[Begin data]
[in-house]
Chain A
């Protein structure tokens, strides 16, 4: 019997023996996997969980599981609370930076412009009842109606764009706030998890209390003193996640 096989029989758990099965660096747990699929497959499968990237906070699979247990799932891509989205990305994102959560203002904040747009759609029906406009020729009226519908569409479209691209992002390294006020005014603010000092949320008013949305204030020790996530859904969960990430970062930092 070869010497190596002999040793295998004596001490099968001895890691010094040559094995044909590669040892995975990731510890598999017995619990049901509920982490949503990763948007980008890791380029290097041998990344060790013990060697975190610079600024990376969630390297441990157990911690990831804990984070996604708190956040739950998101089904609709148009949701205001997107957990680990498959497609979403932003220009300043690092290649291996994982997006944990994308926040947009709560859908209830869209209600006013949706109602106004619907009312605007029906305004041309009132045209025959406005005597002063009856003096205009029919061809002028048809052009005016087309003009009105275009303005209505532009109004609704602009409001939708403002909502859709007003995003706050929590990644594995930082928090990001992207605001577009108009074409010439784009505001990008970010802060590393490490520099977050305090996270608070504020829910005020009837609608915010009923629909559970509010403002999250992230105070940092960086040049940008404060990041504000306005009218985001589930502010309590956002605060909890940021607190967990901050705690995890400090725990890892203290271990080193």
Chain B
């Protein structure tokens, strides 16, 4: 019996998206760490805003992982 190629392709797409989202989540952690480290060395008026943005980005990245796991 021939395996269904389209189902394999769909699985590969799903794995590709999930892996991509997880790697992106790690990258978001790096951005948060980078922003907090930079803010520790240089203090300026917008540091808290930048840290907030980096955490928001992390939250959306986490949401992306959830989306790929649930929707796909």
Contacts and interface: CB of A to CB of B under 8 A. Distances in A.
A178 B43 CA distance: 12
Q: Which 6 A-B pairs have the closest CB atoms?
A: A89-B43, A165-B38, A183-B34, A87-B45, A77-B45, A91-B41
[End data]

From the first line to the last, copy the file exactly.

[in-house]
Chain A
């Protein structure tokens, strides 16, 4: 019997023996996997969980599981609370930076412009009842109606764009706030998890209390003193996640 096989029989758990099965660096747990699929497959499968990237906070699979247990799932891509989205990305994102959560203002904040747009759609029906406009020729009226519908569409479209691209992002390294006020005014603010000092949320008013949305204030020790996530859904969960990430970062930092 070869010497190596002999040793295998004596001490099968001895890691010094040559094995044909590669040892995975990731510890598999017995619990049901509920982490949503990763948007980008890791380029290097041998990344060790013990060697975190610079600024990376969630390297441990157990911690990831804990984070996604708190956040739950998101089904609709148009949701205001997107957990680990498959497609979403932003220009300043690092290649291996994982997006944990994308926040947009709560859908209830869209209600006013949706109602106004619907009312605007029906305004041309009132045209025959406005005597002063009856003096205009029919061809002028048809052009005016087309003009009105275009303005209505532009109004609704602009409001939708403002909502859709007003995003706050929590990644594995930082928090990001992207605001577009108009074409010439784009505001990008970010802060590393490490520099977050305090996270608070504020829910005020009837609608915010009923629909559970509010403002999250992230105070940092960086040049940008404060990041504000306005009218985001589930502010309590956002605060909890940021607190967990901050705690995890400090725990890892203290271990080193």
Chain B
């Protein structure tokens, strides 16, 4: 019996998206760490805003992982 190629392709797409989202989540952690480290060395008026943005980005990245796991 021939395996269904389209189902394999769909699985590969799903794995590709999930892996991509997880790697992106790690990258978001790096951005948060980078922003907090930079803010520790240089203090300026917008540091808290930048840290907030980096955490928001992390939250959306986490949401992306959830989306790929649930929707796909």
Contacts and interface: CB of A to CB of B under 8 A. Distances in A.
A178 B43 CA distance: 12
Q: Which 6 A-B pairs have the closest CB atoms?
A: A89-B43, A165-B38, A183-B34, A87-B45, A77-B45, A91-B41